Through it all, Khan Afsar, the Khyber Club’s unlikely bartender, had a front-row seat.

Except Afsar did not actually have a seat in his spot behind the bar, and all the standing recently became too much to bear. So he has stepped down after nearly 25 years of six-day workweeks that he says left him with admiration for Americans, a rare sentiment in Peshawar and in Pakistan at large.

“They are good people” — not to mention good tippers, Afsar said. “They are helping us.”

As a recent Saturday evening shift began, a lone Canadian patron sipped beer at the bar and predicted that the crowd was unlikely to improve. The scene seemed a metaphor for U.S.-Pakistan relations, which boomed with cooperation during the Afghan resistance but now gape with mistrust.

Yet Afsar himself is a symbol of the ground-level relations between Americans and Pakistanis, which, despite the diplomatic tensions, are typically far more amiable than sour. Over the decades, Afsar — a devout Muslim who never tried alcohol — served as a steadfast and good-natured ambassador for Pakistan, building a trail of admirers now scattered around the globe.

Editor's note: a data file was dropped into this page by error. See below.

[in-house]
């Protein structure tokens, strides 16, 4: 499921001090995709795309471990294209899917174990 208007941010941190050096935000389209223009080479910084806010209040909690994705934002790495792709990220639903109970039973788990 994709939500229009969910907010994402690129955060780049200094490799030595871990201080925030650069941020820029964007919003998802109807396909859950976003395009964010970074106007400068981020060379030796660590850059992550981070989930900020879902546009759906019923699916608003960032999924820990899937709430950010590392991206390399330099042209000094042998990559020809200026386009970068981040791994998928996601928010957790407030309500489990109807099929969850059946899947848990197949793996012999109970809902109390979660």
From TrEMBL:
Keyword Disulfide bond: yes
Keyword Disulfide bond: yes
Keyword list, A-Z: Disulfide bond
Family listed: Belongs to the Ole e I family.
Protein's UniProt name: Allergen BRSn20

“For a modest fellow from a mountain village . . . he supervised and served the foreign lunatics with kindness, merriment and unflappable aplomb,” Stephen Masty, who managed the bar in the early 1990s, wrote in an e-mail.

Things began changing about five years ago, as Islamist militants expanded their reach and launched attacks in northwest Pakistan. Hostility toward Americans rose, and many international organizations withdrew foreign workers to Islamabad, the capital. The club’s security walls multiplied, and more American customers sported beards and tattoos, said Yusuf Ghaznavi, a Pakistani American who has been a fixture at the club for two decades.

“I presume they were contractors,” Ghaznavi said. “Their main concern was A, how soon they are going to get out, and B, how much money they are making.”

As bilateral tensions soared, Pakistan ordered the departure of most U.S. military representatives, many of whom had been based in Peshawar. The American mission in Peshawar now has a skeleton staff whose security guidelines prohibit much movement in the city.